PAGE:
While watching Girls of the Sun, the mind sometimes wandered (the film leaves plenty of space for that), and one rumination was: what drives people like Emmanuelle Bercot’s war reporter character Mathilde to do what she does? Why would anyone pick up a pen or a camera and immerse themselves in a situation where any footstep could be your last? And where is the line between reporting and becoming what you are reporting on?
These are the questions that gnaw at Swiss documentarist Anja Kofmel too, and for a personal reason: in the early ’90s her cousin Christian Würtenberg was working as a war reporter in Croatia during the Balkan War. Chris had never been easy to pin down. At the age of 17 he surfaced in Namibia joining the South West Africa Territorial Force. After adventures elsewhere on the globe, he tries to establish himself as a journalist and takes a train to the wartorn former Yugoslavia to report on the war from the Catholic Croatian side, in conflict with the Muslim Serbs to the south. One of the fellow reporters he meets at Zagreb’s Hotel Intercontinental, the gathering place for Western reporters covering the war, is Eduardo Rósza Flores, a Bolivian national reporting for a Spanish paper. Flores has perhaps an even sketchier background than Chris: enrolled in a Soviet military academy in Hungary, rumored to be a KGB agent, a close friend of infamous terrorist Carlos the Jackal.
In 1991 Flores establishes the first mercenaries brigade tied to the Croatian army, the PIV (First International Brigade). Young men from all over the world join the brigade, and one of them is war journalist Chris. The task of the brigade is clear, and former members don’t talk around it when interviewed: the ethnic cleansing of villages in the border area with Serbia. Chris is an outlier in the brigade. He maintains contact with former journalist buddies in the area, and on Christmas Eve Austrian reporter Heidi Rinke is invited to spend Christmas with the PIV. She uses the opportunity to interview Chris, and he tells her that he is writing a book about his experiences in the brigade. Twelve days later he is murdered, and everyone close to Chris is convinced this was done by order of Flores. Unfortunately, Flores himself could not be interviewed for the film, as he was killed in 2009 when carrying out an assassination attempt on Bolivian president Eva Morales.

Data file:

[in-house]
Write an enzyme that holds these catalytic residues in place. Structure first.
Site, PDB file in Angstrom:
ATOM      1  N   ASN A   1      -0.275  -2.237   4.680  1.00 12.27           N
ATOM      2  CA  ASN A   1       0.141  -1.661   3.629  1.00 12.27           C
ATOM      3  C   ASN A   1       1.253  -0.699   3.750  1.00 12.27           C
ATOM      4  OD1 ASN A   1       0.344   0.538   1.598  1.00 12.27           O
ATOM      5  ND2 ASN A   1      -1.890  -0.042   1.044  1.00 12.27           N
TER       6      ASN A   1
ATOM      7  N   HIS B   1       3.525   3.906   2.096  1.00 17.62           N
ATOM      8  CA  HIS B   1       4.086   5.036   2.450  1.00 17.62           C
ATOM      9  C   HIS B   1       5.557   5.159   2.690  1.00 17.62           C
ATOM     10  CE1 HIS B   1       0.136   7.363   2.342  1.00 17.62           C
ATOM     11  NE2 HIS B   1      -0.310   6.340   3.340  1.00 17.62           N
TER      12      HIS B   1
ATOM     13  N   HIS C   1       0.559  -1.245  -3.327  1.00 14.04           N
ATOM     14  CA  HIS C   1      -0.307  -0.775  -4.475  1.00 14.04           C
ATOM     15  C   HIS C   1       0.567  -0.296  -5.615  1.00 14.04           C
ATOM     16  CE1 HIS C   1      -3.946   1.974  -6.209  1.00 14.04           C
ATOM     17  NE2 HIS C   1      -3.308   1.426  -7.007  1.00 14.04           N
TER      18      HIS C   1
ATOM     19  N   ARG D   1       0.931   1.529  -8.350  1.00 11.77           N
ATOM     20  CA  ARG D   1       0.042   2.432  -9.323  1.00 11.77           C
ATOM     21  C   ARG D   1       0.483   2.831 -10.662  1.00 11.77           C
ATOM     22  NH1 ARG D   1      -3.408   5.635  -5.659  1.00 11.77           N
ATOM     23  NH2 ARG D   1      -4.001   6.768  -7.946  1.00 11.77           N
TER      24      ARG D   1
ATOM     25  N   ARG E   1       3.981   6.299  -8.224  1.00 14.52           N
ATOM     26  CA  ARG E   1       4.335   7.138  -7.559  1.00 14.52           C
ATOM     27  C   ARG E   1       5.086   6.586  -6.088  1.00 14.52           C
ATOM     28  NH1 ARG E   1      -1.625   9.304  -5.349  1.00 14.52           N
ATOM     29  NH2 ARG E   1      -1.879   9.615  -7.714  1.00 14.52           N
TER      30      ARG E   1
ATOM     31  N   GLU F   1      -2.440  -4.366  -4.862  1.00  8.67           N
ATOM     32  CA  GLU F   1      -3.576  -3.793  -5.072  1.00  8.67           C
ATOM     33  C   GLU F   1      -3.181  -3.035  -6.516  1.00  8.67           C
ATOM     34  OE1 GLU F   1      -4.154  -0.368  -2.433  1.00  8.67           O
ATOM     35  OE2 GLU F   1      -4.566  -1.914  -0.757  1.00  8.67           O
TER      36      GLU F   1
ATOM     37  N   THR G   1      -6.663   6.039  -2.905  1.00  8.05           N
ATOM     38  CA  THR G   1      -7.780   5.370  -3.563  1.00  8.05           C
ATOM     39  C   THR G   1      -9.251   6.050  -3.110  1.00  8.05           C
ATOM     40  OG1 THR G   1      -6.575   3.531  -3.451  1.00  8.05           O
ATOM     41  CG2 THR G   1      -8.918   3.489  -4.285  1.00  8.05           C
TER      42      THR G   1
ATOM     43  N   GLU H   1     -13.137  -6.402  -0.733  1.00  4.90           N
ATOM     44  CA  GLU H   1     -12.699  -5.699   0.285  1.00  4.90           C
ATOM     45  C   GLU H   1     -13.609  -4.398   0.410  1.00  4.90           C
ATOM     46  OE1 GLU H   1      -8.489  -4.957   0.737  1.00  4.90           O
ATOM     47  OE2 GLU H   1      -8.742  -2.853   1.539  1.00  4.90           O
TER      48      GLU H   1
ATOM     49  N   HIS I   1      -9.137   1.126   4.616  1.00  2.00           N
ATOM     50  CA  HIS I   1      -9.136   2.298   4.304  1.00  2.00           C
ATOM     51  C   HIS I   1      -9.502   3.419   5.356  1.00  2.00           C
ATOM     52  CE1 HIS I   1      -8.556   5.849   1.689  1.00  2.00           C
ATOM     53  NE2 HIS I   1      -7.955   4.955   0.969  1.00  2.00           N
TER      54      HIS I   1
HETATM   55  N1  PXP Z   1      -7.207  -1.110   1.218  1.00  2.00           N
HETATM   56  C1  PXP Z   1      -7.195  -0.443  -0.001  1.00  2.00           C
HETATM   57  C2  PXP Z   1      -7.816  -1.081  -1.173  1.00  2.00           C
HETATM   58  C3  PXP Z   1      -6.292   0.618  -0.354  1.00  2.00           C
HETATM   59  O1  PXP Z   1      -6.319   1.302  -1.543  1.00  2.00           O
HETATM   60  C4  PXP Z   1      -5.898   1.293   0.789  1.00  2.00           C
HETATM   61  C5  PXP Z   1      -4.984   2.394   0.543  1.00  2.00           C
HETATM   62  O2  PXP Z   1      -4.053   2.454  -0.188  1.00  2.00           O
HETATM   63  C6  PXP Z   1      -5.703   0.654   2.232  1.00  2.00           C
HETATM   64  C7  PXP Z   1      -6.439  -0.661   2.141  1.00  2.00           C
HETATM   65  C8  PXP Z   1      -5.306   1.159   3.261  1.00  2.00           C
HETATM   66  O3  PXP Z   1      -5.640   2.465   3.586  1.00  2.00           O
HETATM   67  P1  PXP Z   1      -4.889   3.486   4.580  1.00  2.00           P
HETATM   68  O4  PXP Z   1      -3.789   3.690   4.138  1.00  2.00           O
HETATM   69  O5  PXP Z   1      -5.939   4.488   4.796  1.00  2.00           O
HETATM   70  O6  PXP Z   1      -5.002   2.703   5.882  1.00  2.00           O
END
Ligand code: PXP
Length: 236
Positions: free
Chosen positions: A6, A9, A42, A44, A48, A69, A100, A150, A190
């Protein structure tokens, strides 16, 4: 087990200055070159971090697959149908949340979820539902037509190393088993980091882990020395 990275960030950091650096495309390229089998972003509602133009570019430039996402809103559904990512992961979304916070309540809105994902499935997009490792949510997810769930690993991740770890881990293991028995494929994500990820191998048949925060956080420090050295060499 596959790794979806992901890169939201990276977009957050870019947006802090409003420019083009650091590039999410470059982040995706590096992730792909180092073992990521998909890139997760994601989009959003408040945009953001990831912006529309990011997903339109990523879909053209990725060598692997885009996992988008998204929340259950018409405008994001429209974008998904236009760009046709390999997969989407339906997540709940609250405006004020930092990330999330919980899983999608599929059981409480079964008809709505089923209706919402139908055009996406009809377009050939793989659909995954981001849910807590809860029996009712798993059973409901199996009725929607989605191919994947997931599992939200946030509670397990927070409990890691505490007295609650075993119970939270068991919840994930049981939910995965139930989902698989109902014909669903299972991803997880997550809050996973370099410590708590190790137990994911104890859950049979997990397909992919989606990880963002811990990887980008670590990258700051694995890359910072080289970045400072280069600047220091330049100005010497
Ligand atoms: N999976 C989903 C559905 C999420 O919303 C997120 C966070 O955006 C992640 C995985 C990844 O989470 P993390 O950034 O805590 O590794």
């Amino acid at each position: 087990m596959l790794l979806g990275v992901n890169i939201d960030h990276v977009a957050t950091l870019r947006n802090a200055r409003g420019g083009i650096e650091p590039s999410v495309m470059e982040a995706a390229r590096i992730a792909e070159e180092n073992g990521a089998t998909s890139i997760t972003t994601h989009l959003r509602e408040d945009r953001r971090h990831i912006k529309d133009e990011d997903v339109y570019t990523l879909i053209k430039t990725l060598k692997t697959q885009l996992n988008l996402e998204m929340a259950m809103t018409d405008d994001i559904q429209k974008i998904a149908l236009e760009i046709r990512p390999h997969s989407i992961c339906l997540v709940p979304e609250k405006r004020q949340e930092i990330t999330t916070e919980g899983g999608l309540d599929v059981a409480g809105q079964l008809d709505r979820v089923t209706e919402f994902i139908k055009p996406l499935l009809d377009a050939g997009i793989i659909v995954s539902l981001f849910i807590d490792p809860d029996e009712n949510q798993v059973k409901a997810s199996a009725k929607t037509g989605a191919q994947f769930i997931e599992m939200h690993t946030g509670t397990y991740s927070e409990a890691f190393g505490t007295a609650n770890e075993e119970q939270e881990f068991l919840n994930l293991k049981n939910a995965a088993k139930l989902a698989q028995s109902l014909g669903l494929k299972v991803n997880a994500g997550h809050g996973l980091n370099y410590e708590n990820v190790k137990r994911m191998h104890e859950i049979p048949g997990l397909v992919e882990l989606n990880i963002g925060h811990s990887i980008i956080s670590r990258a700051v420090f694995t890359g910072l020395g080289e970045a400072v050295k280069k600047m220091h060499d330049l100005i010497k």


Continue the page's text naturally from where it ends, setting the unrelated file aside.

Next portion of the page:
Kofmel struggles with her cousin’s life. In her memories, Chris was always a hero, and her personal relationship with Chris is depicted in the film in animated sequences, in which she herself is still the little girl who looks up to her mysterious cousin. Animated Kofmel follows him through the fields of Croatia in Chris’s last days. In real life she takes, as her cousin did almost three decades before, a train to Zagreb, where she meets Chris’s former fixer. Armed with Chris’s notebooks, she traces her cousin’s last days. The final moments remain in the dark, as the last pages are missing. Through interviews with colleague reporters and former militia members, she tries to figure out what drove Chris, at first in going into a war zone, and subsequently in joining a group of men slaughtering innocents. What is it that attracts some people to violence so much that they want to get so close to it, like a moth to a flame, even if it can kill them?
Unfortunately, the documentary does not lead to a definite conclusion on Kofmel’s part, yet her journey is still engrossing, informative, and at times even shocking. The ease with which some of the former mercenaries explain how they killed small children, or how you turn a group of recruits into killers without a conscience is perplexing, all the more so because they don’t show much remorse: for them this is just the way of the world, and the way of war. Kofmel doesn’t quite get to being able to put her cousin somewhere in that picture, and you still feel residual love for him preventing her from being totally neutral, but in this personal documentary that’s lovingly made that is not much of a problem.